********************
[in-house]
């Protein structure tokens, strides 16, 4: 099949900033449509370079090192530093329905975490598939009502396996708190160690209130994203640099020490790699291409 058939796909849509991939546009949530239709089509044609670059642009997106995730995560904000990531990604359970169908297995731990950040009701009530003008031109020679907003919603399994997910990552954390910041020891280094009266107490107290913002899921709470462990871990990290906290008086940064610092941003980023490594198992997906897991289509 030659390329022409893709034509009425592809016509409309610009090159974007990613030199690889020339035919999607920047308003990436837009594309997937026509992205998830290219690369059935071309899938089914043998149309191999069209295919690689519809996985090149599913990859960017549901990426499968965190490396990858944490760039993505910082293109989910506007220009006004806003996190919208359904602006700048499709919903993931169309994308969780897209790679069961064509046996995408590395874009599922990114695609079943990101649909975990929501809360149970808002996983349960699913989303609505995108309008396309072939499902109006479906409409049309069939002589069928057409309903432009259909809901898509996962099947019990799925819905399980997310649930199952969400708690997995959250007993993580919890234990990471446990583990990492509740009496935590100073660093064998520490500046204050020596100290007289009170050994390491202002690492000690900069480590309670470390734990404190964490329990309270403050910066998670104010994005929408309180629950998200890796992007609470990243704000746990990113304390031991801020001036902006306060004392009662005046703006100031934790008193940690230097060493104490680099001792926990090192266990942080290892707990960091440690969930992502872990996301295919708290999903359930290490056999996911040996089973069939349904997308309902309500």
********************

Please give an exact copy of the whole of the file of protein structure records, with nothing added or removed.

[in-house]
């Protein structure tokens, strides 16, 4: 099949900033449509370079090192530093329905975490598939009502396996708190160690209130994203640099020490790699291409 058939796909849509991939546009949530239709089509044609670059642009997106995730995560904000990531990604359970169908297995731990950040009701009530003008031109020679907003919603399994997910990552954390910041020891280094009266107490107290913002899921709470462990871990990290906290008086940064610092941003980023490594198992997906897991289509 030659390329022409893709034509009425592809016509409309610009090159974007990613030199690889020339035919999607920047308003990436837009594309997937026509992205998830290219690369059935071309899938089914043998149309191999069209295919690689519809996985090149599913990859960017549901990426499968965190490396990858944490760039993505910082293109989910506007220009006004806003996190919208359904602006700048499709919903993931169309994308969780897209790679069961064509046996995408590395874009599922990114695609079943990101649909975990929501809360149970808002996983349960699913989303609505995108309008396309072939499902109006479906409409049309069939002589069928057409309903432009259909809901898509996962099947019990799925819905399980997310649930199952969400708690997995959250007993993580919890234990990471446990583990990492509740009496935590100073660093064998520490500046204050020596100290007289009170050994390491202002690492000690900069480590309670470390734990404190964490329990309270403050910066998670104010994005929408309180629950998200890796992007609470990243704000746990990113304390031991801020001036902006306060004392009662005046703006100031934790008193940690230097060493104490680099001792926990090192266990942080290892707990960091440690969930992502872990996301295919708290999903359930290490056999996911040996089973069939349904997308309902309500």